Designing a top notch operating system is not as easy as it seems. Microsoft learned with Windows 7 that the journey from conception to implementation is not always as smooth as it would seem. When Windows released XP several years ago the consumer market was at a loss for words. Never had Microsoft done something so bold and so ambitious as what they were doing with XP. For the first time in the history of the company they had changed their audience.
For years Microsoft Windows was a business based operating system. There was nothing about Windows that was flashy. It was a practical application for the business world. With XP everything changed. Windows had decided to increase the graphics and the user friendliness of the system. It was an attempt to understand and relate to their core base of customers: the home computer user. It had come to their attention that home users were occupying most of their market.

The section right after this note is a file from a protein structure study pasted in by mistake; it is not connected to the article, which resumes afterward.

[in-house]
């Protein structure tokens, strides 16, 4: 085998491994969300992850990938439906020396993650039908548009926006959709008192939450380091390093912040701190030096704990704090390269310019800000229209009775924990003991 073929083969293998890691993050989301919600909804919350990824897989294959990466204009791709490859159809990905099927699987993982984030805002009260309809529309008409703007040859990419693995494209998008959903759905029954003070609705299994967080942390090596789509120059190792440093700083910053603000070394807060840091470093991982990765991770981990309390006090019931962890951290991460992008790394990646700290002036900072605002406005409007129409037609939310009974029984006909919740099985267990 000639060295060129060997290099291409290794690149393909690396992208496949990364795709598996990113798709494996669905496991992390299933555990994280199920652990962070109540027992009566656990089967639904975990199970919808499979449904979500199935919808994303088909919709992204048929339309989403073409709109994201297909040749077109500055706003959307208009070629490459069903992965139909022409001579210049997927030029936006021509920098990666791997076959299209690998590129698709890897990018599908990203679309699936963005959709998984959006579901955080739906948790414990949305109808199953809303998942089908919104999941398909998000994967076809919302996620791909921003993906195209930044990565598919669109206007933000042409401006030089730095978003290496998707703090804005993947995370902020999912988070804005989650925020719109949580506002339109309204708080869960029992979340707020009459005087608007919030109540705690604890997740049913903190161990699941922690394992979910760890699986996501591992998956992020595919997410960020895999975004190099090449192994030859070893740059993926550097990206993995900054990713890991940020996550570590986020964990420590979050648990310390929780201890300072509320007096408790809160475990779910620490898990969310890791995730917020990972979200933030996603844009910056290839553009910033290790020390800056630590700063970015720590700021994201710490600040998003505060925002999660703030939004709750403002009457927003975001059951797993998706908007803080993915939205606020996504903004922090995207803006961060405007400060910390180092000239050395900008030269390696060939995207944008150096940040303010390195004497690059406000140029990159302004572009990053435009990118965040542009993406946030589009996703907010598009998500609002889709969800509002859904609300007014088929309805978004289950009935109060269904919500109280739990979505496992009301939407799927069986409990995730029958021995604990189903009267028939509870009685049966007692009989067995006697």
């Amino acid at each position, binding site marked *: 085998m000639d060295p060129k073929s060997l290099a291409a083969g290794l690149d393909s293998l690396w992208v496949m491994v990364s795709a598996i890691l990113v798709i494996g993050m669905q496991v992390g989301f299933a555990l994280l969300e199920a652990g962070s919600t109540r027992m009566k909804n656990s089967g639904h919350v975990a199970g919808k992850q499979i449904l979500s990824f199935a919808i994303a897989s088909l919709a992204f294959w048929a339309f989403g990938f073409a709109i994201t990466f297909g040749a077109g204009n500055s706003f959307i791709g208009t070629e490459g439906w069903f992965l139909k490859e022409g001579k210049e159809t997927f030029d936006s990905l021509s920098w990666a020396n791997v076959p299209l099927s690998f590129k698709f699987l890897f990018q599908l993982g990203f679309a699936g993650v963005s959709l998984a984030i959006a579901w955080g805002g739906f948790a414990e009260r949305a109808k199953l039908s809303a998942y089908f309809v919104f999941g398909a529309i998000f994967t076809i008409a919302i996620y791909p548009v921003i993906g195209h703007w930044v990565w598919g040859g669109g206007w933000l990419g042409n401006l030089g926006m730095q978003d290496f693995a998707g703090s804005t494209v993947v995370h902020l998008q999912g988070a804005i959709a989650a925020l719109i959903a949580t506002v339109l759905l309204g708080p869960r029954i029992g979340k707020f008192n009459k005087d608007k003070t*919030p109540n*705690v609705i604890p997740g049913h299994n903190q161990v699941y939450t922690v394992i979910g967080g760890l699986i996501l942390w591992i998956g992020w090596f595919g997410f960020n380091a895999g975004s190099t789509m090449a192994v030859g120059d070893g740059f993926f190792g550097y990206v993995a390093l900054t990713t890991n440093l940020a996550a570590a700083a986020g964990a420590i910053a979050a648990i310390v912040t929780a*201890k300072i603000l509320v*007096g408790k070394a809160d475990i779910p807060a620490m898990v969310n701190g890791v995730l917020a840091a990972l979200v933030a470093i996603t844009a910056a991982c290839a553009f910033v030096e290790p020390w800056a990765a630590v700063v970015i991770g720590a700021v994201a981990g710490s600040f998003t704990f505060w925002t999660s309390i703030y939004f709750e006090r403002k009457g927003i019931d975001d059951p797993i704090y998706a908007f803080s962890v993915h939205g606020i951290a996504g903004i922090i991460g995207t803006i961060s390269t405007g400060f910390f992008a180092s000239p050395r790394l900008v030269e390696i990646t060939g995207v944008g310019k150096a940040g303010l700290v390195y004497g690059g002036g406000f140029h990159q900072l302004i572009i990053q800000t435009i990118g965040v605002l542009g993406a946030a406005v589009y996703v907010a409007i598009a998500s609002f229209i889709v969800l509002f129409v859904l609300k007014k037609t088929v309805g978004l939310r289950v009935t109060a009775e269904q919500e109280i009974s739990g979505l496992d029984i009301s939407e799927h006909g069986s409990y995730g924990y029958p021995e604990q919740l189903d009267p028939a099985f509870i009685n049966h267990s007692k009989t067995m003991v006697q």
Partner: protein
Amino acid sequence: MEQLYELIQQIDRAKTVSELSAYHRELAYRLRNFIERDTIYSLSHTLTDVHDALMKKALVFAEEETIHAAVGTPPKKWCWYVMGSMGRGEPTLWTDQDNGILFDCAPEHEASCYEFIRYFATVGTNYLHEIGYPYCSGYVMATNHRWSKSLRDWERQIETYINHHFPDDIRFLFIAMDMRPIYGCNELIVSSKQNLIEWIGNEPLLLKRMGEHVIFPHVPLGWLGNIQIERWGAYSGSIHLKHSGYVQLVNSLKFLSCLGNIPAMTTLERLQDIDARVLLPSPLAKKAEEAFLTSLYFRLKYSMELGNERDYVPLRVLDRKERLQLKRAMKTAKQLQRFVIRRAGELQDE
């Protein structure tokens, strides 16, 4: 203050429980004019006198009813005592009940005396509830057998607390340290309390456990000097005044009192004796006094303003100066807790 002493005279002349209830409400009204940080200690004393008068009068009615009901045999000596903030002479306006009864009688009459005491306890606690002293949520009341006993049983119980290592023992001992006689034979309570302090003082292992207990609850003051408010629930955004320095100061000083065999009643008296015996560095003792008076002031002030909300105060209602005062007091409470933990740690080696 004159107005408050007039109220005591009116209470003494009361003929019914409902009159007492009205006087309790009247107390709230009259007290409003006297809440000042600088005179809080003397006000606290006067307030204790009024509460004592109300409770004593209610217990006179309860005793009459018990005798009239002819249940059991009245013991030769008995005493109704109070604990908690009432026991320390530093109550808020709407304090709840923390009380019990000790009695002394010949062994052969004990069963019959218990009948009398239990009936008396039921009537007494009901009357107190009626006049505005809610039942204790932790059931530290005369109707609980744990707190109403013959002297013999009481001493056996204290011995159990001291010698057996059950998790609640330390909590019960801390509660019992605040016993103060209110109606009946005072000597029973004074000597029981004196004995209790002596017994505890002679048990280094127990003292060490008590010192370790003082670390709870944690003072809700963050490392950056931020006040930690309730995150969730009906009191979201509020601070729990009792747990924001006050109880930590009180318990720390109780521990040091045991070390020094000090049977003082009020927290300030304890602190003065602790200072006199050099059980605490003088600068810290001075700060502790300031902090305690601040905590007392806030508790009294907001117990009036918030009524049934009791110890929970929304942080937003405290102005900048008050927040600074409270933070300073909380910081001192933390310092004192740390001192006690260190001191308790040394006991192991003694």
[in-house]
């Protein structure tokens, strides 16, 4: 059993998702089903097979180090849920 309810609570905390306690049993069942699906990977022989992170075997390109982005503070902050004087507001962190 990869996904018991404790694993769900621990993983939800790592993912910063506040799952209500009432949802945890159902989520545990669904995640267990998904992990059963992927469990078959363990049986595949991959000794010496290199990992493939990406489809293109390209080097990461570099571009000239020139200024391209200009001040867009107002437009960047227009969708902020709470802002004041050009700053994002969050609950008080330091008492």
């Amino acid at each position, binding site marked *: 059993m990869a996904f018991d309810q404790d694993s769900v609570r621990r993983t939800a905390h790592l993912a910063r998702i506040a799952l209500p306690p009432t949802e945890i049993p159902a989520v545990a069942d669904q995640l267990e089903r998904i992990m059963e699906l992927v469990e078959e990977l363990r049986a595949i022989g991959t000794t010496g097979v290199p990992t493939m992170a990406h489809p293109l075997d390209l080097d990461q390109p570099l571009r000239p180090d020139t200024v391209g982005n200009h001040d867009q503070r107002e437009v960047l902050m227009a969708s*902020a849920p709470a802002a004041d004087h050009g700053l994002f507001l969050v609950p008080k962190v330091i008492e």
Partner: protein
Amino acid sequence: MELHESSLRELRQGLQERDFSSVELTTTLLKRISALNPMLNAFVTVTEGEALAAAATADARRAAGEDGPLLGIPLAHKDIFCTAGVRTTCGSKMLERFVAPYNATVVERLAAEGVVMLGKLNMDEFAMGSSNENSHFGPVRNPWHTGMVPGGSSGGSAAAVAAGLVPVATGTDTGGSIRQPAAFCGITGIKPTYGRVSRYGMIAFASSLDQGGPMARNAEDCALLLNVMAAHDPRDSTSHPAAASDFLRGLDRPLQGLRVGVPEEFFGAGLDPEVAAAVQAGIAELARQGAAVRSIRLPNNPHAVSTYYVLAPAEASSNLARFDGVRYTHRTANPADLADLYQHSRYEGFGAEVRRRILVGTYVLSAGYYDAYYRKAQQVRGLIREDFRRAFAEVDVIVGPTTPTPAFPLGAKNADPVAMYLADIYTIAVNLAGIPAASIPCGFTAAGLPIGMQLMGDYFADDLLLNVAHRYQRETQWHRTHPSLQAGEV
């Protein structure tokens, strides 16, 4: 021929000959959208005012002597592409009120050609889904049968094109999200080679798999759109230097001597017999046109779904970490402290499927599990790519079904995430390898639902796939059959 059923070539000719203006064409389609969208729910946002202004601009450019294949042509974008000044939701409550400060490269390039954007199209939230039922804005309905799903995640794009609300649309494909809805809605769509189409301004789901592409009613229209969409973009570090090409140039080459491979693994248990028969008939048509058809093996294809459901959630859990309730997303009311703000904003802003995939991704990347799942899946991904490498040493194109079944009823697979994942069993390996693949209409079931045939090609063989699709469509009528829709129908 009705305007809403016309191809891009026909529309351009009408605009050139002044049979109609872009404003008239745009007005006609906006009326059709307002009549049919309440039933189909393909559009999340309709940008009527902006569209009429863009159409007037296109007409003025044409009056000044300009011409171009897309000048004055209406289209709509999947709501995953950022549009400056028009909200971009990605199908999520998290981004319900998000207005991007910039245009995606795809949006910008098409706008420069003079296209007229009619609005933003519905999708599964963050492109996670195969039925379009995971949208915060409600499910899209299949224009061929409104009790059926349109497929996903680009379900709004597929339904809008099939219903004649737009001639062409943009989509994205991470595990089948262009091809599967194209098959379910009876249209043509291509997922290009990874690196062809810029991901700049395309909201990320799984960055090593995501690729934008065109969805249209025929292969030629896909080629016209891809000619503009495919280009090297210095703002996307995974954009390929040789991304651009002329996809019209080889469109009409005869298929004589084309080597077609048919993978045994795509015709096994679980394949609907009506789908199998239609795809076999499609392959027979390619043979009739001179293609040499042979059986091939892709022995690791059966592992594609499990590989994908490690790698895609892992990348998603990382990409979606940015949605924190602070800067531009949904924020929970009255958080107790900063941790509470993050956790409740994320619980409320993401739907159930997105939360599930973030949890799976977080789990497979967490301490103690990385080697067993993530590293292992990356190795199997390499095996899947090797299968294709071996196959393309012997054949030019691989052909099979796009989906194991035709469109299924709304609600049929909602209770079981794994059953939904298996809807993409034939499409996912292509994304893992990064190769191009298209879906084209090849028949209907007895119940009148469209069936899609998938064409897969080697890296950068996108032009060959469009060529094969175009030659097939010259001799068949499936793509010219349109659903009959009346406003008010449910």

XP was a hit to say the least and the customers were dying for the next thing from Microsoft. Microsoft, rather than take their time to work on the best new version they could, saw the profit to be made from it and moved out Windows Vista.
Windows Vista was a disaster. One of the main reasons had to do with Microsoft only allowing their media to play copyrighted music. It’s part of the reason that so many people uninstalled Vista from their computers and went back to XP.
Sales tanked for Vista and Microsoft had to go back to the drawing board. They began listening to their consumers and designing a OS that is made right for the users. The feedback and response to Windows 7 has been amazing. Users are so happy with the changes that have been made that they are buying Windows 7 in record numbers. It’s what happens when Microsoft started listening to their customers.